Must I get a special Eclipse IDE for Javascript development?

HI

I've asked other questions about Javascript,
but I saw that one advice page said that I must get a special eclipse IDE for web development.... but I already have eclipse Kepler. Is that not enough?

...down at Getting Eclipse IDE for JavaScript and Web Developers

here

That's quite a surprise...
Thanks
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beavoidSelf EmployedAsked:
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Juan OcasioApplication DeveloperCommented:
TRy VSCode.  It was designed with Javascript in mind and is light weight.
David Johnson, CD, MVPRetiredCommented:
remember that JAVA and JAVAScript have nothing in common other than the "JAVA" being in the name.
Juan OcasioApplication DeveloperCommented:
I think he was referring to Javascript and not Java.
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David Johnson, CD, MVPRetiredCommented:
Eclipse is primarily known as a JAVA IDE
Juan OcasioApplication DeveloperCommented:
That is true, but the article beavoid links to is describing how to use JavaScript in Eclipse, hence his question.
leakim971MultitechnicianCommented:
what do you call Javascript development?
for basic need, to create a simple HTML page with some javascript scripts, you don't need a specific Eclipse version
for specific Javascript based project (ES6, nodejs, any JS library...) I believe you need a tools able to propose more option to help you develop your application.
beavoidSelf EmployedAuthor Commented:
Thanks
I read something today where a dude said to make my project in whatever I was most comfortable in.
That would be Java
I thought web-pages could only launch javascript / applets
Has that changed?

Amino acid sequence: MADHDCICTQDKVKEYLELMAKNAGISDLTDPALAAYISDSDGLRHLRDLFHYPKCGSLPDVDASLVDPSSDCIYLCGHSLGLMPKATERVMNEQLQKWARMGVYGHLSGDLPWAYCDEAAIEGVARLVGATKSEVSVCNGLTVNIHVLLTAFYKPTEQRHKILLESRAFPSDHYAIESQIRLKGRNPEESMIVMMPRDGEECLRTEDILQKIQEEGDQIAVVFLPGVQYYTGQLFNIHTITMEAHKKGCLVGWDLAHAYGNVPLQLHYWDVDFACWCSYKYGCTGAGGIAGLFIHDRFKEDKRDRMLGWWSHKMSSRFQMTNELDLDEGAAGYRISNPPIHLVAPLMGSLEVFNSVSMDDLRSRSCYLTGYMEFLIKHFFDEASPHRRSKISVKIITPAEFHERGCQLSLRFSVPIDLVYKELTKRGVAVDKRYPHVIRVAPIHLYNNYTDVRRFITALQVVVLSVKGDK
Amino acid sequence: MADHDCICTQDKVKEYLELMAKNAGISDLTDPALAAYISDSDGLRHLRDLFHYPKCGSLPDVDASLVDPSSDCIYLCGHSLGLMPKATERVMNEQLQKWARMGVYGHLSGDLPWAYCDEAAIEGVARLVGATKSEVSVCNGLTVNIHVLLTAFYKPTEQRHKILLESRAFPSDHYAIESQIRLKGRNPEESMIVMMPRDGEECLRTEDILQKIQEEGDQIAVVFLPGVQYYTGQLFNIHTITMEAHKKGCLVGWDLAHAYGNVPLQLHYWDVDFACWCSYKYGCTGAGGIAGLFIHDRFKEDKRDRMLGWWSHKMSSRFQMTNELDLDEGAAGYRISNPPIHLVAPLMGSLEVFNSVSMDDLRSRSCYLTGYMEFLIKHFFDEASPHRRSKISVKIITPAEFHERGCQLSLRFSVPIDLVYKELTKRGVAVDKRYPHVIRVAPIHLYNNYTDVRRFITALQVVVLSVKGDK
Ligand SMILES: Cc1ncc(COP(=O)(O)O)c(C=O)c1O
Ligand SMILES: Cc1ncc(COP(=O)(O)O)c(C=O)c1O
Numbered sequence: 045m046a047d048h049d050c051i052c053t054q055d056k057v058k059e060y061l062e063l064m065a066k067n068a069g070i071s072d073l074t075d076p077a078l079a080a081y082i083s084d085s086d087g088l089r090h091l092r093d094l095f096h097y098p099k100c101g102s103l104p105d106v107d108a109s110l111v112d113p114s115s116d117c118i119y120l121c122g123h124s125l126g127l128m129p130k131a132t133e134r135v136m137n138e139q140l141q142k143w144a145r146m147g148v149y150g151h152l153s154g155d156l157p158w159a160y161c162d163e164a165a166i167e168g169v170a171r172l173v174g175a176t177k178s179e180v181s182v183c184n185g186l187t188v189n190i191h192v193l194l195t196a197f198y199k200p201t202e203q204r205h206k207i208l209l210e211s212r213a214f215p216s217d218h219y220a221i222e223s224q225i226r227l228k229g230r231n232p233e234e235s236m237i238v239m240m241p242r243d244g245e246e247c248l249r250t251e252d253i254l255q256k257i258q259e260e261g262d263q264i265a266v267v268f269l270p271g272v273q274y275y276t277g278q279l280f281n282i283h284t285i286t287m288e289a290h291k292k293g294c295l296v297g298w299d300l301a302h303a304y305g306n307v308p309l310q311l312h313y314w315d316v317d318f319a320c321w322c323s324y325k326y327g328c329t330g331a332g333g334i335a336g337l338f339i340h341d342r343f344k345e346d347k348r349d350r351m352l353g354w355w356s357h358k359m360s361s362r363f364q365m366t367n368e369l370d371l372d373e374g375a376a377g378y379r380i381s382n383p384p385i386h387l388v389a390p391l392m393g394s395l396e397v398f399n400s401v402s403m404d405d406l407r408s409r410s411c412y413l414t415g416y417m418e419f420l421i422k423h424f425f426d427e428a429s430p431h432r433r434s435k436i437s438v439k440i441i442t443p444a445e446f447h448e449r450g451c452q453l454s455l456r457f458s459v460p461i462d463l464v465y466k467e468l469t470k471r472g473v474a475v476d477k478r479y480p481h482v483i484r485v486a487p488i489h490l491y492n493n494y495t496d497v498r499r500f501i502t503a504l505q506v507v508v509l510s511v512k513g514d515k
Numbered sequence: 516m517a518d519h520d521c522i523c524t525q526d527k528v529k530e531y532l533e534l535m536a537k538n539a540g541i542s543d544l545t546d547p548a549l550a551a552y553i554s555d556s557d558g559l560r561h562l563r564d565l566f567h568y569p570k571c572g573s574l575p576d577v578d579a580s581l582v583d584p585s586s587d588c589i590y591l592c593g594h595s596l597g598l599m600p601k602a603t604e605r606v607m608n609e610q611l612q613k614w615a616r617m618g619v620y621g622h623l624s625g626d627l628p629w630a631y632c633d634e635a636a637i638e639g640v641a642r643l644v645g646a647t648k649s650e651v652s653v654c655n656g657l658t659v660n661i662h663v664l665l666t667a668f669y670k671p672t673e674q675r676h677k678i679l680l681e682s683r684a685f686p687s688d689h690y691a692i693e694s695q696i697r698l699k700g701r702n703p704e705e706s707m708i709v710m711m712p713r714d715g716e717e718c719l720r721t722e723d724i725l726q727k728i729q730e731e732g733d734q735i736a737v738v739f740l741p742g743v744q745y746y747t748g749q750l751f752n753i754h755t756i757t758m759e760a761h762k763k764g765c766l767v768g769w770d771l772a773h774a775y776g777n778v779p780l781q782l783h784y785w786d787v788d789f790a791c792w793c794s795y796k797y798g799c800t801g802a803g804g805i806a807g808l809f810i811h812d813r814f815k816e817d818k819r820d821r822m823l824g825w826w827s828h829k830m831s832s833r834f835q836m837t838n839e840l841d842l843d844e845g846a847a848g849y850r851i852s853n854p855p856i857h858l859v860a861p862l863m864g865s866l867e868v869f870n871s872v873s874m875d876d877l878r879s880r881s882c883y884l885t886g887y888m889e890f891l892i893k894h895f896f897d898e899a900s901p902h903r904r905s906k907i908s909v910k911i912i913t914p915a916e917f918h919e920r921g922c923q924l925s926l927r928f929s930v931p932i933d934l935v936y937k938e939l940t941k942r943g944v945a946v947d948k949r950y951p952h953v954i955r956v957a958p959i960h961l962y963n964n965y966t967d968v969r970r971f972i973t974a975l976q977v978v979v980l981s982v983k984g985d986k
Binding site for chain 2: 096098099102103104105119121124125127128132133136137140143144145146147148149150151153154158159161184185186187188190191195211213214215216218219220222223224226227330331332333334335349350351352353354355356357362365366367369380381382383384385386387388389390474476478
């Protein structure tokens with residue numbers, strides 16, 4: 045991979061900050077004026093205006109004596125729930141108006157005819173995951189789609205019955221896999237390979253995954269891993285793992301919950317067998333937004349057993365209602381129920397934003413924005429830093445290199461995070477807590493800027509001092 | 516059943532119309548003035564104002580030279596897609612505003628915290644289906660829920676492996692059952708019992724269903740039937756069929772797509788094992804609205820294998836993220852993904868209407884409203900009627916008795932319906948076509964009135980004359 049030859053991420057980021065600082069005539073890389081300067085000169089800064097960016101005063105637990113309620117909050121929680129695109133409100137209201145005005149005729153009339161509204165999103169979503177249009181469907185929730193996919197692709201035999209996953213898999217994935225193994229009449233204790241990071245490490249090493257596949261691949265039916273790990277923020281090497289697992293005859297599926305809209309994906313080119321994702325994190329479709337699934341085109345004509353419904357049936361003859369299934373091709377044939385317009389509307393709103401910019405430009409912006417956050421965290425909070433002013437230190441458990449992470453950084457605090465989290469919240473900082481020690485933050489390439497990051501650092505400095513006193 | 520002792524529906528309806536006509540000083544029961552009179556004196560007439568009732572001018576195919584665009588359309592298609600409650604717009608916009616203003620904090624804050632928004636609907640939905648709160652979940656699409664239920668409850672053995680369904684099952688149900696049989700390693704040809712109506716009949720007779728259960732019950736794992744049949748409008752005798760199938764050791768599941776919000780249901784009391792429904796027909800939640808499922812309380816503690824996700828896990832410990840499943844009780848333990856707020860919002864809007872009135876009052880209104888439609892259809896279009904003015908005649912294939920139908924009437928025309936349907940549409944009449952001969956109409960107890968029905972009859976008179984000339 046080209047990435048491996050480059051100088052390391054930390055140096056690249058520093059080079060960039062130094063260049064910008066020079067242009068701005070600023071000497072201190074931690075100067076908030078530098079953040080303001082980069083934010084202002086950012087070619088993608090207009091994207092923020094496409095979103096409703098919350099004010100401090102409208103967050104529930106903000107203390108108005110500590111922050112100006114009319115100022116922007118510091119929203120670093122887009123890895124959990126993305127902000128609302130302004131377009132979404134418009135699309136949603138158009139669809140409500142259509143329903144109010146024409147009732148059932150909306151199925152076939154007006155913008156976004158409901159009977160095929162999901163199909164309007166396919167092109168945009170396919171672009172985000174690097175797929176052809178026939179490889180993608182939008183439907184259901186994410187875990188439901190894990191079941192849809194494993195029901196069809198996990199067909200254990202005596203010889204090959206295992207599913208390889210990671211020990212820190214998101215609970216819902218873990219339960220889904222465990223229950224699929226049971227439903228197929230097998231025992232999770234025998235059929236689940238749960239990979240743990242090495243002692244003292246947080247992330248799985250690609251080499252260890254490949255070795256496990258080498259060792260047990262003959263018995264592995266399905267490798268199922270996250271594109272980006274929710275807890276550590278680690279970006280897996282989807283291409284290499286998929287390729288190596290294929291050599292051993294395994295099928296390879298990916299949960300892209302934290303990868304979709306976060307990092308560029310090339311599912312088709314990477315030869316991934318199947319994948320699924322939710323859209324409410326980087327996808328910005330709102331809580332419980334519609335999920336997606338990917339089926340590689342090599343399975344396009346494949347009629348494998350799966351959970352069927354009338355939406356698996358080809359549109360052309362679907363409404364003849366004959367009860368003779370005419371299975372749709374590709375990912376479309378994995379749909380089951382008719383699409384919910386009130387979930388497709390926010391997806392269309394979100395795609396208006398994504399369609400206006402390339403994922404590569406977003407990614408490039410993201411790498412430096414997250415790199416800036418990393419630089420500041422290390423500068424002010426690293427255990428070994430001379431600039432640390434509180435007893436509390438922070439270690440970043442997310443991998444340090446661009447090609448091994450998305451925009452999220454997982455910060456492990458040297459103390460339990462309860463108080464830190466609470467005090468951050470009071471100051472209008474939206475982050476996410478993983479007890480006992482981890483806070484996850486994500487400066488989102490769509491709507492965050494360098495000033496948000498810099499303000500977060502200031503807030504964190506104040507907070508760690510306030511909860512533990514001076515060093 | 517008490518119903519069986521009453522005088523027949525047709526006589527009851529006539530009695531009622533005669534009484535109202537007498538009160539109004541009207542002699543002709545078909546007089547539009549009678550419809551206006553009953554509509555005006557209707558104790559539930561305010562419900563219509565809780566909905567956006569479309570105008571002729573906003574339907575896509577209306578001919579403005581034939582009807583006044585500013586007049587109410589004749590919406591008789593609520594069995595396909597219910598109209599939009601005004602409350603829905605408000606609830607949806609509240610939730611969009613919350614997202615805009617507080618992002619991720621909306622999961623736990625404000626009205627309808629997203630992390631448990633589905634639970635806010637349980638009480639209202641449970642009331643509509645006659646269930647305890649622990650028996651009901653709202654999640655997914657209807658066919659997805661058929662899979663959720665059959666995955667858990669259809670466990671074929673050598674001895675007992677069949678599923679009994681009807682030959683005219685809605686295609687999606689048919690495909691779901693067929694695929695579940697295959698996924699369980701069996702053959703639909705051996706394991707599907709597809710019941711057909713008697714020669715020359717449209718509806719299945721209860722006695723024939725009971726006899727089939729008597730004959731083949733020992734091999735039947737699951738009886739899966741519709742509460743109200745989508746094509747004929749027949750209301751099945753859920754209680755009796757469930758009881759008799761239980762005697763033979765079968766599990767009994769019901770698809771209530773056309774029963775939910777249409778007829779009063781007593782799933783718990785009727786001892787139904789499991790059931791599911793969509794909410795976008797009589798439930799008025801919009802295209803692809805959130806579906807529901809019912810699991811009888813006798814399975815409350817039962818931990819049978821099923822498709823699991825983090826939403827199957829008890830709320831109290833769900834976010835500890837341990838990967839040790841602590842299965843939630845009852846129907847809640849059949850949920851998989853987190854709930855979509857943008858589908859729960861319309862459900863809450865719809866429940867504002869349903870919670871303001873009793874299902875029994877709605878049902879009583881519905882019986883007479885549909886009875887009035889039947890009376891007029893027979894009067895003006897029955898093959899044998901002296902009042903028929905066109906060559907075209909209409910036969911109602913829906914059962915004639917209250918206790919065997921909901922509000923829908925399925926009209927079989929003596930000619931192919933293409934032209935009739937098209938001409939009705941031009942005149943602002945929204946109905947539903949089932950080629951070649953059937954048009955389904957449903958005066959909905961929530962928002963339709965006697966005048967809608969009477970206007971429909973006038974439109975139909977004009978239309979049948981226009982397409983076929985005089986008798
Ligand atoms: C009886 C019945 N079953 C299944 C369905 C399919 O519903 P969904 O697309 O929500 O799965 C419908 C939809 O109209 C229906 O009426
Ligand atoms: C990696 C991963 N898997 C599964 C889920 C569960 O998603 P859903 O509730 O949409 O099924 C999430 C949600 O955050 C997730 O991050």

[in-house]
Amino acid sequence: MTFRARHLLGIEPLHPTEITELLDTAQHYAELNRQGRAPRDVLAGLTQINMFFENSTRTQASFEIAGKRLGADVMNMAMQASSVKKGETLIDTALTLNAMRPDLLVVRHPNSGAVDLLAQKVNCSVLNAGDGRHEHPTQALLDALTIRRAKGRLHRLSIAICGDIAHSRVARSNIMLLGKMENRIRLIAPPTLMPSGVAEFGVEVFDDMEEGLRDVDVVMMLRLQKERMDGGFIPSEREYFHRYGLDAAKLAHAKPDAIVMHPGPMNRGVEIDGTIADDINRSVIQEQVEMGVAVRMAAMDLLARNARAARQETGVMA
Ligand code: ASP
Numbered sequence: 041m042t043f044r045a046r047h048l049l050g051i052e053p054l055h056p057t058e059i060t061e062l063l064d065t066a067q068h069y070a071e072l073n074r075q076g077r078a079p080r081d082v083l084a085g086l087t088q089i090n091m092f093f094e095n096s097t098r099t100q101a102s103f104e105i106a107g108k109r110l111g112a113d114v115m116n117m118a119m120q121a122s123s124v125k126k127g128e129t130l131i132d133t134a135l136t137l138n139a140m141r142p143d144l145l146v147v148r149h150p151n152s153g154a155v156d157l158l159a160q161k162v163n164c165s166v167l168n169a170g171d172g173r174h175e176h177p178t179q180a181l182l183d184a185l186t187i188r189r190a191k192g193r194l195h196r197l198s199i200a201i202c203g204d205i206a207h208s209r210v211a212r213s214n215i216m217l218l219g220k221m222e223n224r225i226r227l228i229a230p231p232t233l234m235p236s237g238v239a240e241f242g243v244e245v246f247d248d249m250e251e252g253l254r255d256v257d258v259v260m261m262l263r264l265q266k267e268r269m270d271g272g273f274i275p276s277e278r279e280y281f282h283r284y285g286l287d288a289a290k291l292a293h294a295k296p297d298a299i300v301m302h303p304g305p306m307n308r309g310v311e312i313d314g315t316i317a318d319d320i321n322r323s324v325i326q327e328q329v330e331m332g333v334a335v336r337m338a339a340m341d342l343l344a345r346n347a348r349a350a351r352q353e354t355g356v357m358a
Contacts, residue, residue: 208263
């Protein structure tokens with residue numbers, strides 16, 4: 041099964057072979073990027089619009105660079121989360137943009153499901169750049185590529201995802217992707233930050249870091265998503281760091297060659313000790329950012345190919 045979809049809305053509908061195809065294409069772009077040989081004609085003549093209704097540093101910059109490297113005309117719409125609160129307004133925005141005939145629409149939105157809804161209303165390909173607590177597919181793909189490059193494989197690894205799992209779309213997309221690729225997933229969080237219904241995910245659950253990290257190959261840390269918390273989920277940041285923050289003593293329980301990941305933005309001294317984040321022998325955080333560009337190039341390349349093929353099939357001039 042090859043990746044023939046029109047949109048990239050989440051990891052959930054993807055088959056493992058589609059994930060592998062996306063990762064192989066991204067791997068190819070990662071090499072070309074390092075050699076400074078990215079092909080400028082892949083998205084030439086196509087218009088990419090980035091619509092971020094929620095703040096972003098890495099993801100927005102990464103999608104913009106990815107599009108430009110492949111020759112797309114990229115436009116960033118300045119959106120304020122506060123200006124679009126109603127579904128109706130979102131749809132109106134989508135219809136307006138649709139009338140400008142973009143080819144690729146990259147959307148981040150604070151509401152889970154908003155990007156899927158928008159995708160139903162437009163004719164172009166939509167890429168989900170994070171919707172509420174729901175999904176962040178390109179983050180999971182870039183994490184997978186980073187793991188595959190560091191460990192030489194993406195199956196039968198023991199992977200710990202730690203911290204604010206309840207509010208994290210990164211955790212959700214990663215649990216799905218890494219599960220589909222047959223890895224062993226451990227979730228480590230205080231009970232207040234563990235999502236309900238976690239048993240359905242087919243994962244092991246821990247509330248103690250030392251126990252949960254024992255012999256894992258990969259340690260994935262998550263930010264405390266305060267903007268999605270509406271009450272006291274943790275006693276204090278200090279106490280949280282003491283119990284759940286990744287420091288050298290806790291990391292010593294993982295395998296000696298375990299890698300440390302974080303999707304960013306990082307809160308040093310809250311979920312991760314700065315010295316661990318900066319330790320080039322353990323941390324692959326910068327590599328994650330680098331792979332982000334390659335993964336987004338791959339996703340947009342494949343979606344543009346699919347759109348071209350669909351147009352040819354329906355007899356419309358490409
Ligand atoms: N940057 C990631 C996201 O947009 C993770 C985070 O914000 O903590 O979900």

Will most people's browsers be able to launch regular Java? will it support swing or awt graphics?
leakim971MultitechnicianCommented:
java run usually server, applet is now an old techologies, you should go away especially now Oracle change the licence
java generate HTML after processing it server side so it's not about java, it's about the HTML you generate
beavoidSelf EmployedAuthor Commented:
My server will be in Java, and my game client in javascript.

Now my eclipse says, while trying to compile the javascript (run it)

"could not find JRE executable,"

this is from an html javascript launch of a simple integer adding code from a site.

Where might the JRE be? how do I specify this?

Thanks
beavoidSelf EmployedAuthor Commented:
I think VScode def has some potential. If it is light weight, can it still handle a network game? I'm sure that won't be a problem? Does light weight mean only for small projects?
I just need to create a network game client that sends TCP activity messages to my Java server. and then receives game-state updates and draws, updates a game window screen / region.
I understand the network capabilities can exist in a Threaded object? sweet !

Thanks
David Johnson, CD, MVPRetiredCommented:
You can't compile Javascript using eclipse. I will reiterate JavaScript is NOT JAVA.
beavoidSelf EmployedAuthor Commented:
Thanks
I know that javascript is not Java. I'm only mentioning Java because I have a TCP server working in Java already. I'm new to JS

At this tutorial below, the guy uses an IDE called atom. Is vscode similar / better than this? atom seems okay.
https://www.youtube.com/watch?v=w-OKdSHRlfA
beavoidSelf EmployedAuthor Commented:
Hi
Thanks
But, it looks like from pages I've seen, - the Youtube javascript-expert-examples are all done in an IDE that's dark grey with color coded code text.
After some looking around, that IDE is called Atom

example code instruction - https://www.youtube.com/watch?v=M6sA8fvMCuA

installation - https://www.youtube.com/watch?v=OVzD59Af0m0

This must be my next move? - This is exactly what this question is trying to answer. Are people all using this IDE?
Thanks
beavoidSelf EmployedAuthor Commented:
Here. In this YT example,
the dude's IDE is stated to be Atom in the window title

https://www.youtube.com/watch?v=M6sA8fvMCuA
beavoidSelf EmployedAuthor Commented:
This flappy bird game seems to be also done in atom

https://www.youtube.com/watch?v=L07i4g-zhDA
Scott FellDeveloper & EE ModeratorCommented:
The key point everybody is to separate the front end (HTML/CSS/Javascript) from the back end (Java/database).

Let's say you are storing data on your server such as usage or points for a global scoreboard.  You may have an endpoint on your server for https://example.com/api/saveScore that excepts data from your users. And another endpoint  https://example.com/api/getTopScores which you use to send data to your users html/javascript so they can view the top scores.

On the front end, you will use HTML, CSS and Javascript to display and perhaps animate the actual scoreboard. While you are doing this, you are only using HTML, CSS and Javascript and not the back end.